Something in this statement recalls Peter Eisenmann’s comments about Berlin’s Holocaust Memorial, which finally opened in 2005 and which has, indeed, become a space for all types of interaction, including providing a hide-and-seek paradise for children. While this new design has, like Eisenmann’s, inspired much criticism from a variety of wholly legitimate perspectives, I can’t help but to like it and look forward to seeing it in action. In 5, 10 or 20 years it may, as the critics predict, seem frivolous and populist, unable to withstand the ravages of time as more sombre constructions might do. But I would argue that right now, in this moment so marked by memory and trauma and attempts to ‘deal with’ the past, projects such as this one serve a crucial purpose not only in terms of remembrance, but also of reflection upon the ways in which we remember, and upon the part we all have to play in the process of sustaining the relevance of the past within the social, cultural and political contexts of the present.
May 15, 2011 § 2 Comments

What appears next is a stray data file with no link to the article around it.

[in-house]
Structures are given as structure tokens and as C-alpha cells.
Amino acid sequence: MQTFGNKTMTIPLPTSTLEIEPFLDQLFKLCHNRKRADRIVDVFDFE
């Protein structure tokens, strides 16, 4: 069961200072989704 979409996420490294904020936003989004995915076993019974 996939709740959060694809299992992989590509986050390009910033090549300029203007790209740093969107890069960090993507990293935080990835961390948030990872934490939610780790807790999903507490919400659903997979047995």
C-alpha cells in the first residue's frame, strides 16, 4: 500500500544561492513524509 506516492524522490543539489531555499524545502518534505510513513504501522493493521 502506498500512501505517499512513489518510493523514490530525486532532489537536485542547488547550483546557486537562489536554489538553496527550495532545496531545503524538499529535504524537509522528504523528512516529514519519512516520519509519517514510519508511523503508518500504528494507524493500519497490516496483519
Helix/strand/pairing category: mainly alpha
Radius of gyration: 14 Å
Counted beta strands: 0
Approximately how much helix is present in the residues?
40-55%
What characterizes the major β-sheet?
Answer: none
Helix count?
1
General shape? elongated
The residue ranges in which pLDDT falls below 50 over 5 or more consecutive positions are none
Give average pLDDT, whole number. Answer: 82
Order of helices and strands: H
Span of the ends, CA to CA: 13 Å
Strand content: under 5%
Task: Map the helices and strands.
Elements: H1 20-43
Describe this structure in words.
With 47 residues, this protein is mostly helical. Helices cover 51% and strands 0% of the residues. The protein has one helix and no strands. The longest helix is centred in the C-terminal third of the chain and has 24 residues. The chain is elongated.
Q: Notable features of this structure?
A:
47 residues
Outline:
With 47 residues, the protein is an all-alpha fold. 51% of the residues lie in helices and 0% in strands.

Can wounds talk? Pain is often a great silencer; unshareable and often uncommunicable, it frequently cuts us off from others. But it is also true that, as in the story of Tancred and the tree, wounds never stop speaking, seeking out listeners who will hear them or, if such a thing is possible, heal them. Holocaust survivor Primo Levi writes in if this is a Man of his recurring nightmare: the ‘ever repeated scene of the unlistened-to story’. The dream expresses a fear he says is common to survivors, and which is connected to the need to ‘tell our story to the rest, to make the rest participate in it’ (1987: 15.) The plea of the survivor, then, is to be heard, it is a request that we, who did not have to suffer the trauma of the surviving the Holocaust, bear witness to the witnesses of atrocity. It is a request that was for a long time painfully denied, but which has in recent years found itself at the heart of a burgeoning interest in trauma and, along with it, an emerging ethics of witnessing. For Cathy Caruth, for example, the call of the ‘crying wound’ of trauma represents an ethical address of the other to the self that ‘demands a listening and a response’ (1996: 9). Similarly, in the psychoanalytic model of trauma testimony described in Shoshana Felman and Dori Laub’s by now seminal study Bearing witness or the Vicissitudes of Listening, ‘it takes two to witness the unconscious’ (1992: 15). Holocaust testimony is here described as a performative act that can be understood not as a statement of truth but as ‘a mode of truth’s realisation’, in which the witness to the witness is an active participant. For Laub, the listener is an ‘enabler of testimony’, he or she is ‘party to the creation of knowledge’ (Felman and Laub 1992: 15). The listener, as the ‘enabler of testimony’ is what makes possible the process by which ‘the narrator (the survivor) reclaims his position as a witness’ (Felman and Laub 1992: 85). To witness then, is no solitary act; the wound that talks always seeks the secondary witness that will hear it. French philosopher Jean-François Lyotard has also theorised this relationship in his succinct and oft-cited formula for a ‘testimonial pact’. Among the conditions necessary for successful and politically useful testifying Lyotard notes the importance of ‘an addressee, not only willing to listen and accept the reality of the referent, but also worthy of being spoken to’ (Nance 2006: 87).In his model the listener – who actively and ethically listens, recognising the voice and subjectivity of the testifier in the process – is not merely an additional benefit, (s)he is a vital element without which the testimony would not exist. Put simply, it is only in the company of a (worthy) listener that my story can be told. This is perhaps no great revelation, and indeed the notion of an audience as a necessary part of the act of witnessing is nothing new. One of the earliest categories of witness, the martyr (etymologically linked to the modern term witness, via the Greek martur, itself said to be linked to the Indo-European word for ‘remember’), is a case in point. In early modern stories of sainthood – often called the pious pornography of the middle ages – the martyrs bear witness to their faith in God always and necessarily in front of an audience. The martyr becomes a saint by virtue of her tortured, gruesome, bleeding body: flesh and limbs are torn apart, breasts are sliced off, and nubile young girls are set to boil in vats of hot oil. But this body does not suffer in isolation, for the witnessing body of the martyr is in all senses a site of performance and spectacle – of the pagan torturer’s power (which is undermined), of the faith and endurance of the saint, of the miraculous blessing and protection of God, and of the sublime nature of suffering and abjection. As with every spectacle, the audience is crucial to the success of the act. Without the belief of the audience, both within the narrative (the pagan spectators who convert to Christianity, the God who observes and intervenes), and without (the medieval layperson who reveres relics and images of exotic martyred flesh) the saint would quite simply not be a saint. As Blondheim and Liebes put it, in biblical witnessing, ‘the witness is the addressee, not the medium. It is the collective which performs the witnessing’ (Blondheim and Liebes 2009: 115). If Judaeo-Christian storytelling is not as popular as it once was, the principle of religious witnessing seems to be making a come-back in the secular creeds of trauma, memory and human rights discourse. The entreaty made to us by survivors who tell their stories or historians who construct their museums and mausoleums in remembrance of the ugliest of pasts is, indeed, as Levi put it, an entreaty to participate in a community of collective remembering in which witnessing the witness becomes an ethical imperative. So what does this mean for us? What should it alter about the way in which we regard the wounds that speak to us every day – in books, films, or artworks; through the museums and memorials that we visit; or even in the news as we eat our dinner? For me the first step is to begin to think of ourselves in this position of reader/spectator/visitor/viewer less as the passive receivers of media projections and more as active listeners, as secondary witnesses whose role in the production of memory and its meanings is far from obsolete. This is on the one hand an empowering move: as active listeners we are also free to question the narratives constructed by these media projections of the past into the present; to do so is critical in all senses of the term, for to challenge something is also to engage in it. This does not, however, mean that by becoming active listeners we should or would callously join the league of deniers; for when we accept our role as active participants in the ongoing conversation with the traumas of the past, we also enter into that testimonial pact that Lyotard has outlined. We commit also to partake of an ethics of listening by which we are positioned first and foremost as witnesses to the witness. Through this commitment we acknowledge our responsibility of recognition towards the original witness who, like so many of those survivors of the holocaust who have so graciously given us the gift of their terrible stories, are no longer there to tell their stories, but whose wounds nonetheless continue to speak, and must continue to be heard.